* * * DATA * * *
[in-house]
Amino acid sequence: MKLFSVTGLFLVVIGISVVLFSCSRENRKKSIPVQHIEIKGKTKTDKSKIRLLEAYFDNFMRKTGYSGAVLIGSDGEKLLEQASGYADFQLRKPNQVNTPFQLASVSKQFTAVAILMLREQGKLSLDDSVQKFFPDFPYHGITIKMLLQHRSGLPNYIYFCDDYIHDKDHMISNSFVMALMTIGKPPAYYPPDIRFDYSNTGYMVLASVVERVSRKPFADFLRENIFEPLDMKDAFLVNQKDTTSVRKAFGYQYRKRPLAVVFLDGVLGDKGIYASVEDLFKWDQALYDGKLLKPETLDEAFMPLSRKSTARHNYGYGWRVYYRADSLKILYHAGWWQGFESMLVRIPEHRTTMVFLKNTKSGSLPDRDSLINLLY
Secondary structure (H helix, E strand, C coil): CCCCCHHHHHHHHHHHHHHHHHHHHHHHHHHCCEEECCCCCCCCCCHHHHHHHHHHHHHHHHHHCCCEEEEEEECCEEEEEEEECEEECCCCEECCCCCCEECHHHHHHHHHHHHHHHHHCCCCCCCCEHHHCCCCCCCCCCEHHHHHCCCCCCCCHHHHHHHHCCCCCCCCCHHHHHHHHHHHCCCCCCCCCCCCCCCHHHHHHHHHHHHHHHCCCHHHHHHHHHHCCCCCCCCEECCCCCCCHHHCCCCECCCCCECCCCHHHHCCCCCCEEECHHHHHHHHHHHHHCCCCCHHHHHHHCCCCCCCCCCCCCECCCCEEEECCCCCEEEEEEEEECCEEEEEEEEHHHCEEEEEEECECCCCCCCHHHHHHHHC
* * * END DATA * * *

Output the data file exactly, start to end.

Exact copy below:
[in-house]
Amino acid sequence: MKLFSVTGLFLVVIGISVVLFSCSRENRKKSIPVQHIEIKGKTKTDKSKIRLLEAYFDNFMRKTGYSGAVLIGSDGEKLLEQASGYADFQLRKPNQVNTPFQLASVSKQFTAVAILMLREQGKLSLDDSVQKFFPDFPYHGITIKMLLQHRSGLPNYIYFCDDYIHDKDHMISNSFVMALMTIGKPPAYYPPDIRFDYSNTGYMVLASVVERVSRKPFADFLRENIFEPLDMKDAFLVNQKDTTSVRKAFGYQYRKRPLAVVFLDGVLGDKGIYASVEDLFKWDQALYDGKLLKPETLDEAFMPLSRKSTARHNYGYGWRVYYRADSLKILYHAGWWQGFESMLVRIPEHRTTMVFLKNTKSGSLPDRDSLINLLY
Secondary structure (H helix, E strand, C coil): CCCCCHHHHHHHHHHHHHHHHHHHHHHHHHHCCEEECCCCCCCCCCHHHHHHHHHHHHHHHHHHCCCEEEEEEECCEEEEEEEECEEECCCCEECCCCCCEECHHHHHHHHHHHHHHHHHCCCCCCCCEHHHCCCCCCCCCCEHHHHHCCCCCCCCHHHHHHHHCCCCCCCCCHHHHHHHHHHHCCCCCCCCCCCCCCCHHHHHHHHHHHHHHHCCCHHHHHHHHHHCCCCCCCCEECCCCCCCHHHCCCCECCCCCECCCCHHHHCCCCCCEEECHHHHHHHHHHHHHCCCCCHHHHHHHCCCCCCCCCCCCCECCCCEEEECCCCCEEEEEEEEECCEEEEEEEEHHHCEEEEEEECECCCCCCCHHHHHHHHC